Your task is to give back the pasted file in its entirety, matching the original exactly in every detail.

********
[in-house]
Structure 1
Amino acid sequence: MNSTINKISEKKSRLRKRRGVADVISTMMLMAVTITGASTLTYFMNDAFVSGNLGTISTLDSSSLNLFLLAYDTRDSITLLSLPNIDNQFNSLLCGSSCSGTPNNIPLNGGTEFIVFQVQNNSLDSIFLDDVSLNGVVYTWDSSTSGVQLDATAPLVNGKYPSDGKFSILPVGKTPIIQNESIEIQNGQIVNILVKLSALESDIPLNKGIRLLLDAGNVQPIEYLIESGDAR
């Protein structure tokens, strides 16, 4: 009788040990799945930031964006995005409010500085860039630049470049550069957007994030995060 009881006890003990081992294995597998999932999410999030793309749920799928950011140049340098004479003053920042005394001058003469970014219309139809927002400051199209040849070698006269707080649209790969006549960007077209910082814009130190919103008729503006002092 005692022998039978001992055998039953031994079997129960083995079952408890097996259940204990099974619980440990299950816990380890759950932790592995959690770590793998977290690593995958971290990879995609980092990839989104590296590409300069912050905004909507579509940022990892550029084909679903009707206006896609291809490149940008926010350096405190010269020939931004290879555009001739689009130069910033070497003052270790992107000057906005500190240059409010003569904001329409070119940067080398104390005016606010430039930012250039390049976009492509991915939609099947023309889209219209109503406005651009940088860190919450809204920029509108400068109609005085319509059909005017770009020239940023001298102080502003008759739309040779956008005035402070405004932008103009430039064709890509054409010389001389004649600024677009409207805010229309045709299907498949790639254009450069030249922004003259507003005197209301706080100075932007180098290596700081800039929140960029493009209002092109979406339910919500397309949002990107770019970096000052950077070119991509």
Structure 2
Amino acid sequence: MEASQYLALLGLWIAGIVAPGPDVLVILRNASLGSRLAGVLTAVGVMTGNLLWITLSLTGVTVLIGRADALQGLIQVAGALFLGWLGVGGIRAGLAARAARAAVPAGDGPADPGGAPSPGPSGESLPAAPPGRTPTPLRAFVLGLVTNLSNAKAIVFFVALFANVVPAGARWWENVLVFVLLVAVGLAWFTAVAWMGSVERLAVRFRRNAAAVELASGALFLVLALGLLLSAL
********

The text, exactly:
[in-house]
Structure 1
Amino acid sequence: MNSTINKISEKKSRLRKRRGVADVISTMMLMAVTITGASTLTYFMNDAFVSGNLGTISTLDSSSLNLFLLAYDTRDSITLLSLPNIDNQFNSLLCGSSCSGTPNNIPLNGGTEFIVFQVQNNSLDSIFLDDVSLNGVVYTWDSSTSGVQLDATAPLVNGKYPSDGKFSILPVGKTPIIQNESIEIQNGQIVNILVKLSALESDIPLNKGIRLLLDAGNVQPIEYLIESGDAR
């Protein structure tokens, strides 16, 4: 009788040990799945930031964006995005409010500085860039630049470049550069957007994030995060 009881006890003990081992294995597998999932999410999030793309749920799928950011140049340098004479003053920042005394001058003469970014219309139809927002400051199209040849070698006269707080649209790969006549960007077209910082814009130190919103008729503006002092 005692022998039978001992055998039953031994079997129960083995079952408890097996259940204990099974619980440990299950816990380890759950932790592995959690770590793998977290690593995958971290990879995609980092990839989104590296590409300069912050905004909507579509940022990892550029084909679903009707206006896609291809490149940008926010350096405190010269020939931004290879555009001739689009130069910033070497003052270790992107000057906005500190240059409010003569904001329409070119940067080398104390005016606010430039930012250039390049976009492509991915939609099947023309889209219209109503406005651009940088860190919450809204920029509108400068109609005085319509059909005017770009020239940023001298102080502003008759739309040779956008005035402070405004932008103009430039064709890509054409010389001389004649600024677009409207805010229309045709299907498949790639254009450069030249922004003259507003005197209301706080100075932007180098290596700081800039929140960029493009209002092109979406339910919500397309949002990107770019970096000052950077070119991509």
Structure 2
Amino acid sequence: MEASQYLALLGLWIAGIVAPGPDVLVILRNASLGSRLAGVLTAVGVMTGNLLWITLSLTGVTVLIGRADALQGLIQVAGALFLGWLGVGGIRAGLAARAARAAVPAGDGPADPGGAPSPGPSGESLPAAPPGRTPTPLRAFVLGLVTNLSNAKAIVFFVALFANVVPAGARWWENVLVFVLLVAVGLAWFTAVAWMGSVERLAVRFRRNAAAVELASGALFLVLALGLLLSAL